Keeping Windows Time Synchronized

Over the years I have managed a few applications that are time sensitive in recording when certain things were logged. This has caused issues when some computers update time and some get behind. Users have trouble understanding why they did something at one time but it was recorded as another. I did find a few commands that can help remedy this problem.

To check Windows Time Service configuration.

w32tm /query /configuration

To configure a standalone server or domain controller for an external time source.

w32tm /config /update /manualpeerlist:"0.pool.ntp.org,0x8 1.pool.ntp.org,0x8 2.pool.ntp.org,0x8 3.pool.ntp.org,0x8" /syncfromflags:MANUAL

To force update to time source.

w32tm /resync

Source: WindowsTimeService < Support < NTP.
Source: Microsoft Technet: Windows Time Service Tools and Settings

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How to Set Permission on a Service Using Subinacl

A couple of months back I was installed some communication software that made a VPN connection to the main server. It used OpenVPN to establish the connection and worked fine as long as your were an administrator on the PC. As I researched it further it installed a service and required that service to run on demand when the user launch the program. Since your standard limited user does not have privileges to start and stop services the application would fail to connect to the server.

So now the question becomes, how do you add permissions to a service?

Microsoft has an answer with a little known command line application called subinacl. This application allows you to view and edit security information for files, registry keys, and services. This can be handy if you are writing a script to change permissions on registry keys or files but the real power lies within the ability to edit the security information on services.

The syntax for subinacl: SUBINACL /SERVICE \\MachineName\ServiceName /GRANT=[DomainName\]UserName[=Access]

The Access parameter is broken down like this:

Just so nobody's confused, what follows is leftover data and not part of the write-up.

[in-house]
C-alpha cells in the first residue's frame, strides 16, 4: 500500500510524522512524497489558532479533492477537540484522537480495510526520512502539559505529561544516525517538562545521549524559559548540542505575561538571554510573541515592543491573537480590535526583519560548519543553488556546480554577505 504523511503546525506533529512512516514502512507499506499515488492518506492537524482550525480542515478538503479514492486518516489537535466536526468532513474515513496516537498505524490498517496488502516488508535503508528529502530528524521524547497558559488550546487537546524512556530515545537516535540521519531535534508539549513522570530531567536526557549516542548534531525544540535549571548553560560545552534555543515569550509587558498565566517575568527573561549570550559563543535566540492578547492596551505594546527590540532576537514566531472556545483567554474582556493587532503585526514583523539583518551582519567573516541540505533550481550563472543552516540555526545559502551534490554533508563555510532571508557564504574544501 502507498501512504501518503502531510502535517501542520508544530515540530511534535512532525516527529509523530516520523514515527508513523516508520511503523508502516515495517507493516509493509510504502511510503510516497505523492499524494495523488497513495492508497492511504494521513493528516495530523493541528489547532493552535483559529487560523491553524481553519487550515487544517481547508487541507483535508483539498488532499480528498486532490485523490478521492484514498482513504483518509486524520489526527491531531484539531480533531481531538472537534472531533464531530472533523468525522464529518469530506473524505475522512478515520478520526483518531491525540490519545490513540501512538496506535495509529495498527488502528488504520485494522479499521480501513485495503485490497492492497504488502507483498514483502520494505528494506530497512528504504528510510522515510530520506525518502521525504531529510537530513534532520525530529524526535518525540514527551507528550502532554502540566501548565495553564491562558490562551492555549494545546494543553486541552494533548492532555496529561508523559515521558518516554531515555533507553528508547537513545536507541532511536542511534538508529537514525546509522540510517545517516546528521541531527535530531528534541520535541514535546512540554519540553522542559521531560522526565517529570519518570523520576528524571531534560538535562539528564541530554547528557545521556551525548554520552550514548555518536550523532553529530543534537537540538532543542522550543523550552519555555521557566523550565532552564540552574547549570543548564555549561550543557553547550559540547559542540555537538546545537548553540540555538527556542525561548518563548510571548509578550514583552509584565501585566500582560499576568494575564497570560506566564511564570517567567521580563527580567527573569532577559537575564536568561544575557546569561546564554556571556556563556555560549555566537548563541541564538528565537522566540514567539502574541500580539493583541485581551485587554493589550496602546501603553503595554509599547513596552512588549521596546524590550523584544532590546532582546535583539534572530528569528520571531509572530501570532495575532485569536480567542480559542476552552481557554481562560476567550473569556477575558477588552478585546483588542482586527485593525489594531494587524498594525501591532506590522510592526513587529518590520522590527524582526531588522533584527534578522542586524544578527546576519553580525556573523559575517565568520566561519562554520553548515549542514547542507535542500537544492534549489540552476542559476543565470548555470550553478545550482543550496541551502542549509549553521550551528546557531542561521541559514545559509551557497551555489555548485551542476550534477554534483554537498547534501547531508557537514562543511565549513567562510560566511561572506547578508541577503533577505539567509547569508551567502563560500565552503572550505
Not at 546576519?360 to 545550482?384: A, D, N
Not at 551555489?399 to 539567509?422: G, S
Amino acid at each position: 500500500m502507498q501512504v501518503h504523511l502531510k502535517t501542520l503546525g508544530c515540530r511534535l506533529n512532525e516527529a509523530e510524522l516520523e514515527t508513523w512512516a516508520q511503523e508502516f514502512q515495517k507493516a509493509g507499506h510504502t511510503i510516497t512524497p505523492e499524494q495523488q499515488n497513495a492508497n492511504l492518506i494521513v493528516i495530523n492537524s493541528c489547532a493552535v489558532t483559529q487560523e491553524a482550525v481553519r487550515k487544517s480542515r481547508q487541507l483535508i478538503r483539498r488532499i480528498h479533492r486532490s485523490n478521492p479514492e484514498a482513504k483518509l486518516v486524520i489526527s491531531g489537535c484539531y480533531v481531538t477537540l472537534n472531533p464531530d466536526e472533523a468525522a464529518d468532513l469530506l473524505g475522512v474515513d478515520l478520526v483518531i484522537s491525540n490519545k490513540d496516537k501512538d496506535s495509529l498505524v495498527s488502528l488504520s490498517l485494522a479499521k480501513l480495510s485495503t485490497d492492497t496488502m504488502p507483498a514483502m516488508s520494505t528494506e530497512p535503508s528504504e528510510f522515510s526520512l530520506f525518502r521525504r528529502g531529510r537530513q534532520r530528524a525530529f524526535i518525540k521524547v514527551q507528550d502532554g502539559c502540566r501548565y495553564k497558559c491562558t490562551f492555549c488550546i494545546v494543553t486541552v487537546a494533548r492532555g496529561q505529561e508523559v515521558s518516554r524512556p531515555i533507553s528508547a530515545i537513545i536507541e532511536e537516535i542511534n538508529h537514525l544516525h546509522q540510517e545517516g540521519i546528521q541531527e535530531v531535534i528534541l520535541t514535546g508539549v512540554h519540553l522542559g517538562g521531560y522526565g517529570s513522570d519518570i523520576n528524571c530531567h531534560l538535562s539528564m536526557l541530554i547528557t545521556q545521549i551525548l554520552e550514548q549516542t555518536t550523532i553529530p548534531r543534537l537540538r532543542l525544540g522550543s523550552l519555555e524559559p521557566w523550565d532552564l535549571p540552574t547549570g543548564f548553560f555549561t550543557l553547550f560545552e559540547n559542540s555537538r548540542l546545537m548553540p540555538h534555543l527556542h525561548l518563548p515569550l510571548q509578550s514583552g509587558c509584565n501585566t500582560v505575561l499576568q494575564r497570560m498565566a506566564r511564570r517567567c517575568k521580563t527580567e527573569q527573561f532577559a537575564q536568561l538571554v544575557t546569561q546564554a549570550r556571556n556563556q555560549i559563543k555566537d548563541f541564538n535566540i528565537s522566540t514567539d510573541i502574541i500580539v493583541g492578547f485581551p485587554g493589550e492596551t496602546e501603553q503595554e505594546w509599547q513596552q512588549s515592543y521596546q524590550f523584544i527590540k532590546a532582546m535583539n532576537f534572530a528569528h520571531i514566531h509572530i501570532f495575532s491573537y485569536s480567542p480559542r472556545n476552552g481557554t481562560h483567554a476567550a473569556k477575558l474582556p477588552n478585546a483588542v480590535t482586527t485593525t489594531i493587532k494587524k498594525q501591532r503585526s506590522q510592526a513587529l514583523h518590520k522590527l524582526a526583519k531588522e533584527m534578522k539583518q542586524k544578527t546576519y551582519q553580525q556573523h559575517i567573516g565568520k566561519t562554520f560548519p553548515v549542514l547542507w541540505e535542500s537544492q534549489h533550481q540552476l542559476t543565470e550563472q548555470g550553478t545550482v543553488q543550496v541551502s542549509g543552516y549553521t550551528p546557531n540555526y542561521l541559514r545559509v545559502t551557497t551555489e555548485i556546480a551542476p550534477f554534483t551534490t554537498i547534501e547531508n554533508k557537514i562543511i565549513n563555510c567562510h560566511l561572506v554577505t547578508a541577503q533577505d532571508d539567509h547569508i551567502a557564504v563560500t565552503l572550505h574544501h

F : Full Control
R : Generic Read
W : Generic Write
X : Generic eXecute
L : Read controL
Q : Query Service Configuration
S : Query Service Status
E : Enumerate Dependent Services
C : Service Change Configuration
T : Start Service
O : Stop Service
P : Pause/Continue Service
I : Interrogate Service
U : Service User-Defined Control Commands

For my example I just needed to allow the Domain Users group access to run the OpenVPN service.

subinacl /service OpenVPN /GRANT=DOMAIN\Domain Users=TO

You may need to execute this from the folder where subinacl.exe is located. Also if it is running the command on a local system you can just type the name of the service and not the UNC path to the service.

Download subinacl.exe from Microsoft
For more information about this command please visit: http://support.microsoft.com/kb/288129

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Report Workstation Uptime in a CSV using Active Directory and VBS

Have you ever been left wondering which computers on your domain have been neglected by their user and not restarted in forever? This is a question that come up in my office every once and a while. One of the easiest ways to solve this problem is to ask WMI for when the computer was last restarted and subtract it from the current time. Also, while asking WMI questions you might as well ask which user is currently logged on the PC that way you know who to blame. This is exactly what the following script does for your domain. It grabs the list of workstations from the domain then queries WMI for the last time the computer is restarted and does some conversion and math and makes you an nice CSV that you can play with.